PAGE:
Of Mice and Men leaves the audience in awe as they touch on dominance, social status, and women’s equality


Kylie Squiers

As cast members put themselves in the time of America’s Great Depression, they came to the realization that some aspects have not changed. The Omaha Community Playhouse (OCP) have spent countless hours in preparation and character development. The comparisons between society then and now circulate around Steinbeck’s themes of loneliness and the “American Dream.”

“Lenny and George have a near impossible dream. They want to have their own land and grow their own crops, but unfortunately have to come to terms that the dream is dead,” said Josh Peyton, who plays George. “This day in age, too many people live paycheck to paycheck. This relates to the show of living the good life but then something coming along to change everything.”

Controversial issues in the 1930’s are as comparable to today’s society of what is considered to be “socially acceptable.”

“This show really exemplifies how little there is out there for adults and even children who have mental challenges or disabilities, especially in our current political climate,” said Tony Schik, who plays Lenny. “Even the use of the “n-word” was very relevant at the time and is still historically relevant.”

Lenny is a character with unspecified mental challenges with a heart-of-gold. He and Curly’s wife, who is unnamed, are both symbolic icons that reiterate the theme of loneliness. Curly’s wife, played by Mallory Vallier, is the only female in the novel. Similarities to then and now all come back to equal rights and women empowerment.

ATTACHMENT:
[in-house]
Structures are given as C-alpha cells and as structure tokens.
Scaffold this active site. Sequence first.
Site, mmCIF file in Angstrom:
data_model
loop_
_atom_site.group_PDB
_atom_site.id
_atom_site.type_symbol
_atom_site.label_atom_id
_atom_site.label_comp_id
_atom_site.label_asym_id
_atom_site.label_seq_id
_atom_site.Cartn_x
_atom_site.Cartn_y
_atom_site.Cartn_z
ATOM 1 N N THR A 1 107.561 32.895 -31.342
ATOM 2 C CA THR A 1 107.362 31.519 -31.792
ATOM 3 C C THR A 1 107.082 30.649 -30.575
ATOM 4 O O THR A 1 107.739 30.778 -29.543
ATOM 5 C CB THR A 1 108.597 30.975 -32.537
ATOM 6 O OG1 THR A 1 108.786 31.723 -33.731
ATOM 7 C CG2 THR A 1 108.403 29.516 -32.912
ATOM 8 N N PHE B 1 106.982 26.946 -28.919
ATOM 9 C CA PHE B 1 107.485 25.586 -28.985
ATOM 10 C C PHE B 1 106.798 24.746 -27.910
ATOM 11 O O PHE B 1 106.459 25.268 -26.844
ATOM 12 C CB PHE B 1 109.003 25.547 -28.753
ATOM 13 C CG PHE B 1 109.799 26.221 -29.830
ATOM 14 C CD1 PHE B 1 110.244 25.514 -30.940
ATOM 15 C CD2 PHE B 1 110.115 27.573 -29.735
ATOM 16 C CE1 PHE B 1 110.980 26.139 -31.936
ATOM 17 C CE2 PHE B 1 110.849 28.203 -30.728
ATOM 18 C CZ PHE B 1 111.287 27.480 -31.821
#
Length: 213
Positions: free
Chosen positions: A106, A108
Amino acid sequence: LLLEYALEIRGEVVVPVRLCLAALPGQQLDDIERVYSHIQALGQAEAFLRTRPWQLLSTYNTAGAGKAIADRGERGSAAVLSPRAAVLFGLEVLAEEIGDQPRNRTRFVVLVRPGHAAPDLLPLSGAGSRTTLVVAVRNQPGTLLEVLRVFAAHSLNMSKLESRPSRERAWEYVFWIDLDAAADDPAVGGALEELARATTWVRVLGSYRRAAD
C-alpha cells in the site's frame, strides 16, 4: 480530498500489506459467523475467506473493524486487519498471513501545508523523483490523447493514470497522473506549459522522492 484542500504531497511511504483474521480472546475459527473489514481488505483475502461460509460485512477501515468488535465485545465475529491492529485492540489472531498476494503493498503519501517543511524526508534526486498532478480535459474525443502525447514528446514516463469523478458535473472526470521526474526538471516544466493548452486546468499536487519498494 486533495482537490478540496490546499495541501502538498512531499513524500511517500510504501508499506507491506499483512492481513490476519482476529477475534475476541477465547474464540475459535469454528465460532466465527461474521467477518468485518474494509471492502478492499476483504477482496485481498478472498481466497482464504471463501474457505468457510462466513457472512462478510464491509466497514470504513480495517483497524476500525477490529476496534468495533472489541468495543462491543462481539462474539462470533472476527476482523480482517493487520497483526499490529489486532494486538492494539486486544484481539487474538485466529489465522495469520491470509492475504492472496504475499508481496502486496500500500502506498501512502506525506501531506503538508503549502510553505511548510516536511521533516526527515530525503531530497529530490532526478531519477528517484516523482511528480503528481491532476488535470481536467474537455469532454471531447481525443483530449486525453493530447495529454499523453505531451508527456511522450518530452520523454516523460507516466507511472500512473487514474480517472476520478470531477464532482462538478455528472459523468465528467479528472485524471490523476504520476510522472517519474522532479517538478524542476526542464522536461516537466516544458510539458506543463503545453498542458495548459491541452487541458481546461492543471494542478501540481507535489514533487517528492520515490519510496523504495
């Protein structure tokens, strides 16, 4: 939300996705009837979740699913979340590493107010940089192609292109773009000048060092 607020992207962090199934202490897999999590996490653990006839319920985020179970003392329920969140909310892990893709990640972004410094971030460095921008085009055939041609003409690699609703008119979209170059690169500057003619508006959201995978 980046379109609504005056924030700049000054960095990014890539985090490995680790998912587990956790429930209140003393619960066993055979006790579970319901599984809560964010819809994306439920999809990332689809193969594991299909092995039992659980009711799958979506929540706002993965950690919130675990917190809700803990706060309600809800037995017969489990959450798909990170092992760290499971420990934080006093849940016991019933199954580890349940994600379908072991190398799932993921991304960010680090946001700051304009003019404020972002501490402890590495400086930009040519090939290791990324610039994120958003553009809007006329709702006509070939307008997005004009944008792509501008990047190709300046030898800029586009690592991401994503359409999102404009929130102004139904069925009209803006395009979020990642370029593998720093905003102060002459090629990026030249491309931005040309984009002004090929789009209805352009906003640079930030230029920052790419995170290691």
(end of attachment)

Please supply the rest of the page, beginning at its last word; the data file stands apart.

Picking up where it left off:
“It is such an impersonal thing to not give Curly’s wife a name,” Schik said. “She wanted to be viewed as person, not just an object in the play. This is just one of the many messages that resonate throughout the show. I hope the audience takes away more than just ‘I remember reading this’ with them.”

With being the only woman in the cast, Vallier worked on developing her character and finding her motivations that also relate to sexism today. She also felt the theme of loneliness off-set too and wanted to do more than just “exist” as the character.

“I wanted to do my character justice for myself and women. I worked on developing her as a more well-rounded character rather than just being known as a ‘tart’ or ‘tramp,’” Vallier said. “I also was surrounded by a great group of gentlemen in the cast that I could talk to when I felt lonely in my own dressing room.”

Curly’s wife is looking for her own dream just as much as the males she is surrounded by. She feels unwanted by her husband, who never knows where she is.

“You see what is happening to Curly’s wife and that she is brave and wants a better life,” Vallier said. “I believe a lot of women can relate to her and agree that it is still tough even in today’s society, to walk away from a situation like hers.”

Today is as easily comparable to Steinbeck’s view as it was nearly 80 years ago. From dominance, social status, and women’s equality, the cast members leave their audience in wonder and awe, not to mention some tears too, as they get them thinking about the deeper meaning than what they remember reading in high school.